Facebook logo Twitter logo YouTube logo Podcast logo RSS feed logo

River Talks Series: What's Happening on the St. Louis River? Current Cleanup and Restoration Project

November 8, 2017
7:00 p.m.
Lake Superior Estuarium
3 Marina Drive
Superior, Wisconsin

Free and open to the public.

This second talk in the River Talks series features Matt Steiger, Area of Concern coordinator for the Wisconsin Department of Natural Resources.

The St. Louis River drains 3,634 miles and is the largest U.S. tributary to Lake Superior, entering the southwestern corner of the lake between Duluth, Minnesota and Superior, Wisconsin. The river flows 179 miles through three distinct areas (1) coarse soils, glacial till and outwash deposits at its headwaters; (2) a deep, narrow gorge at Jay Cooke State Park; and (3) red clay deposits in its lower reaches. As it approaches Duluth and Superior, the river takes on the characteristics of a 12,000-acre freshwater estuary.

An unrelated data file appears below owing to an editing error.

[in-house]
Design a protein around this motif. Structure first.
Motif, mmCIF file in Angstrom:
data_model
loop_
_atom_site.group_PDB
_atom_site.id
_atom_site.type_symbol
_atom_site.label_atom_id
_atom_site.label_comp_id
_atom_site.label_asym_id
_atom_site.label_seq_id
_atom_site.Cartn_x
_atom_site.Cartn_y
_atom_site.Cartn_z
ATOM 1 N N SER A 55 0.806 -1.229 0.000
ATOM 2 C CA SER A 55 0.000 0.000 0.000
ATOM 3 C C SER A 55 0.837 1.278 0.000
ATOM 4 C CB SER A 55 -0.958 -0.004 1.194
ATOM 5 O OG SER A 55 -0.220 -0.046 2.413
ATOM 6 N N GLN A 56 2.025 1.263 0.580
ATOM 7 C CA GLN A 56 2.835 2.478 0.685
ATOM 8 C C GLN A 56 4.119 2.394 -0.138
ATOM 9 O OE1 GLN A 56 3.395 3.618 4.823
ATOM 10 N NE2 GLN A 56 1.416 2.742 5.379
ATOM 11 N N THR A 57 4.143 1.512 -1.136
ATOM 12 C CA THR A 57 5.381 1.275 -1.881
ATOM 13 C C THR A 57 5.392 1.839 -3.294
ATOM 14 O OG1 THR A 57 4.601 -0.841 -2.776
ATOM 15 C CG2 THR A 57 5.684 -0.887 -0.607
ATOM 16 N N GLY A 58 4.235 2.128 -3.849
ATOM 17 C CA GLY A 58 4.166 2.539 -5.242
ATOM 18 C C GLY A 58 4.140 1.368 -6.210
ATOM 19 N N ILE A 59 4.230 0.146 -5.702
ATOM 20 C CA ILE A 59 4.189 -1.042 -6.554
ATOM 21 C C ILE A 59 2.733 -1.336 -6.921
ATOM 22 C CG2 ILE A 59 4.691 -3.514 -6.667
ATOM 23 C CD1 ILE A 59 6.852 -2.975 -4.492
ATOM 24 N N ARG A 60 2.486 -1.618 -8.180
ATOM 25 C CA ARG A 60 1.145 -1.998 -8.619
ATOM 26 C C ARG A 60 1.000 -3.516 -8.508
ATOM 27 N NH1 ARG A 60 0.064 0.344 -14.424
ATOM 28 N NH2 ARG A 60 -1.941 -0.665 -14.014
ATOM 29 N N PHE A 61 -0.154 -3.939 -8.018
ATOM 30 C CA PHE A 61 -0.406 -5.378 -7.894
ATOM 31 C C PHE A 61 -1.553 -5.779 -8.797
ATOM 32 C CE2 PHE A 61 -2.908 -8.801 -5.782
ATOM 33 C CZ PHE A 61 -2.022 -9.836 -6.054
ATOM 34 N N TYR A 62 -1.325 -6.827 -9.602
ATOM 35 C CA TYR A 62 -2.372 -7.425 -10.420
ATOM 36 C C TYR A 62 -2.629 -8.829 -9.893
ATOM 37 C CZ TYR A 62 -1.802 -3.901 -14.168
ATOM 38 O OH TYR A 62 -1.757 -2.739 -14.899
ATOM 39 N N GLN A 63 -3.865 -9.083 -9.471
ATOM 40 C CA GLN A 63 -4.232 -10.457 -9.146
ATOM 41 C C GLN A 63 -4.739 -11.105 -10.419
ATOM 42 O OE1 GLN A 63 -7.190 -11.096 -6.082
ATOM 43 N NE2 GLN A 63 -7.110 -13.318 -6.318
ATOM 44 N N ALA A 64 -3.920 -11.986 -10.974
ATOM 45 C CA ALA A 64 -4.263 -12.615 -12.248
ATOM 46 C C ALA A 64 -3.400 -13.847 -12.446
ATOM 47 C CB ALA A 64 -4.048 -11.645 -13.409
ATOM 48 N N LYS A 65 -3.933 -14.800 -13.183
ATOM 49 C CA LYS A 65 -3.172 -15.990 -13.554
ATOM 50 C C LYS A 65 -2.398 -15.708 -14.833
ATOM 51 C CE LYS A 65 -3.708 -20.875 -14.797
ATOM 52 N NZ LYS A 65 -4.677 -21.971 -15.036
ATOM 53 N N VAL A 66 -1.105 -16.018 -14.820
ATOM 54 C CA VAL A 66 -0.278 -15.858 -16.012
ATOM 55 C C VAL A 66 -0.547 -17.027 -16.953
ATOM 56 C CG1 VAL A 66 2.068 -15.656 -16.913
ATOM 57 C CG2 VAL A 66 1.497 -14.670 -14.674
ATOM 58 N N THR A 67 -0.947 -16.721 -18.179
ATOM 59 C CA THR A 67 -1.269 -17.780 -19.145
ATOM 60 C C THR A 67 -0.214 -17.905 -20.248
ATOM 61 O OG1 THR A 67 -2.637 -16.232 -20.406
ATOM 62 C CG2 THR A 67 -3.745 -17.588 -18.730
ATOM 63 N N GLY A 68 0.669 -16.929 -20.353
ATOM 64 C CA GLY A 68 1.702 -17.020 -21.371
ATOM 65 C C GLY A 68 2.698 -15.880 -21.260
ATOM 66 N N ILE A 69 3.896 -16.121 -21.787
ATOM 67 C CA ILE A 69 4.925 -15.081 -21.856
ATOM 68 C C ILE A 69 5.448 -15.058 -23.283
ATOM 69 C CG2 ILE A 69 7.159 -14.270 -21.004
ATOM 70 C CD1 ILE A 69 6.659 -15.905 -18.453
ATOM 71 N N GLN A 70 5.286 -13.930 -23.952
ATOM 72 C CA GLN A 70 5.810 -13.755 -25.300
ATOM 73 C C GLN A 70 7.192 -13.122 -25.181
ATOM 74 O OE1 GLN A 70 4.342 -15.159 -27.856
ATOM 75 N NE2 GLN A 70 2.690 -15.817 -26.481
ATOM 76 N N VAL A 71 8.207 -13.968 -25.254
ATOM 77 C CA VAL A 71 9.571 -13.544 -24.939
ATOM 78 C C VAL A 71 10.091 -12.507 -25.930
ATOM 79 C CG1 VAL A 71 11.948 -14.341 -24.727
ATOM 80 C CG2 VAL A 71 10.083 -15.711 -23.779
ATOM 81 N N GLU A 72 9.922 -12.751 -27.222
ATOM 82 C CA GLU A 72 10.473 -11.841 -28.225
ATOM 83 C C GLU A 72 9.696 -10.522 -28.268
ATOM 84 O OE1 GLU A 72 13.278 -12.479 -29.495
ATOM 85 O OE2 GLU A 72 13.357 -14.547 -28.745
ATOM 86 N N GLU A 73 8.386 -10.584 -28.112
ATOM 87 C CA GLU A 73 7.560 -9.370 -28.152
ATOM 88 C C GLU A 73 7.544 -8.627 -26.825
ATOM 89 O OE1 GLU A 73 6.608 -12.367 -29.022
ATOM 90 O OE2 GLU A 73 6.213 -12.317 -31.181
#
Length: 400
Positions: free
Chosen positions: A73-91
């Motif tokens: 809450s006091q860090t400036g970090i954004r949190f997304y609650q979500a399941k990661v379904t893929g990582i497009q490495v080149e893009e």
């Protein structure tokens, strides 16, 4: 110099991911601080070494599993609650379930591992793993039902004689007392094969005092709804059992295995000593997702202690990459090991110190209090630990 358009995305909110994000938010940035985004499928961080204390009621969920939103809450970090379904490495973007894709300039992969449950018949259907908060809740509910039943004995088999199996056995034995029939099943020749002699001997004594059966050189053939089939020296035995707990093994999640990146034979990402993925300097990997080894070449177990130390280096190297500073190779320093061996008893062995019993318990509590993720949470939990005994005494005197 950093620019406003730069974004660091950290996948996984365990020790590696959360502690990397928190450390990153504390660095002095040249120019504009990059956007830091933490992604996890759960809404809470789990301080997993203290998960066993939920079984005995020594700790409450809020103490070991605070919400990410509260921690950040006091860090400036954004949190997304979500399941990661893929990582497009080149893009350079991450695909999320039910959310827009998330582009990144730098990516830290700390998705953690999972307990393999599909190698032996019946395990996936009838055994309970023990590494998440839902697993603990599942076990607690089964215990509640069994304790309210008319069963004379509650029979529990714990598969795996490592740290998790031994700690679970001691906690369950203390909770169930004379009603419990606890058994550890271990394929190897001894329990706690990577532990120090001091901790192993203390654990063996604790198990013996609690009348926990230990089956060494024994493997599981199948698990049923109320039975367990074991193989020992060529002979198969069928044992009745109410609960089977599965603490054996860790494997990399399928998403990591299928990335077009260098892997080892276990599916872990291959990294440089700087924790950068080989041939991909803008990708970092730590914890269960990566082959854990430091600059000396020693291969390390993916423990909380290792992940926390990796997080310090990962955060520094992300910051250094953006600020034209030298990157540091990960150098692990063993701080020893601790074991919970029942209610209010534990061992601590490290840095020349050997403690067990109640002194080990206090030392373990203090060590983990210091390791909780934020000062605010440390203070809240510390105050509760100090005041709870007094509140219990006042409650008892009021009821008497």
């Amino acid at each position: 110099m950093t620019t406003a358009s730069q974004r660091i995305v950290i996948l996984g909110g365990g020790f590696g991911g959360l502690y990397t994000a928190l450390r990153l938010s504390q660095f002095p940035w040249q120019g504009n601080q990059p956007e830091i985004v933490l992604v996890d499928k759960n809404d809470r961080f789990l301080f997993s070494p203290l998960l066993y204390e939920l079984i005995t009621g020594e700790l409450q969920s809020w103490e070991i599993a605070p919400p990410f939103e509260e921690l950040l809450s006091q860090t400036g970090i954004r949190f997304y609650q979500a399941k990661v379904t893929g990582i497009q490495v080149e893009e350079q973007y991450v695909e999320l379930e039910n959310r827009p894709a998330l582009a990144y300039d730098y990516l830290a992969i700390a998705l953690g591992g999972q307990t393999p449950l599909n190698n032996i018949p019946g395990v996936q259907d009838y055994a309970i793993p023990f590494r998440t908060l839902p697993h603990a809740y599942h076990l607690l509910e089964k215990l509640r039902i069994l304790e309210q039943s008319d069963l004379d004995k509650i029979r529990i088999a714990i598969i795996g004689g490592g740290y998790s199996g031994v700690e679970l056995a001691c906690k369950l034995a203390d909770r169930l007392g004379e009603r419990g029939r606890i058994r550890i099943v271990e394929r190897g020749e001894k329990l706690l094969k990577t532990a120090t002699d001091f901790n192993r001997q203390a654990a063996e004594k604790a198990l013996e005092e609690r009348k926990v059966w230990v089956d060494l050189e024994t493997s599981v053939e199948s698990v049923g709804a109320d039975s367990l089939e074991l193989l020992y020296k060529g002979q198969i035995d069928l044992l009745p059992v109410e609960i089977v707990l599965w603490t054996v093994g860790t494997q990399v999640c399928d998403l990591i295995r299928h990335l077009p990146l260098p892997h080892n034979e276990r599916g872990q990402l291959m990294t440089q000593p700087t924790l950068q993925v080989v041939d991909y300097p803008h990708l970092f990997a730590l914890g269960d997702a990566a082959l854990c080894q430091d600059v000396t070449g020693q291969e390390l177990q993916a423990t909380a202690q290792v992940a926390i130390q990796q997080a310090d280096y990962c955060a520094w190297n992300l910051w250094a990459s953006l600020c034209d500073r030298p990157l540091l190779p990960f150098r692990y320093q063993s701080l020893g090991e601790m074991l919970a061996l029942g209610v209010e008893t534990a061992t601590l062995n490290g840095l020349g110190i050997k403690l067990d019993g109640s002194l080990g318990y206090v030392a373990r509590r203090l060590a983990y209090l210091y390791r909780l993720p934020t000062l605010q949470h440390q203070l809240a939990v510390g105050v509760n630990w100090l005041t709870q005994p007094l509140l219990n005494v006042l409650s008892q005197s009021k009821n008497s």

The Lake Superior National Estuarine Research Reserve and the Minnesota and Wisconsin Sea Grant programs offer this series of informal evening talks about the St. Louis River Estuary. The talks are free, open to the public and everyone is invited.

River Talks will run through April 2018. Check the River Talks website for details. If you miss a talk, visit Wisconsin Sea Grant's Great Lakes Takes blog for summaries of each talk.

More information on the St. Louis River Area of Concern.

Graphic: Map of the St. Louis River AOC by the Wisconsin DNR

This page last modified on October 30, 2017     © 1996 – 2017 Regents of the University of Minnesota     The University of Minnesota is an equal opportunity educator and employer.
Facebook logo Twitter logo YouTube logo Podcast logo RSS feed logo
Logo: NOAA Logo: UMD Logo: University of Minnesota Logo: University of Minnesota Extension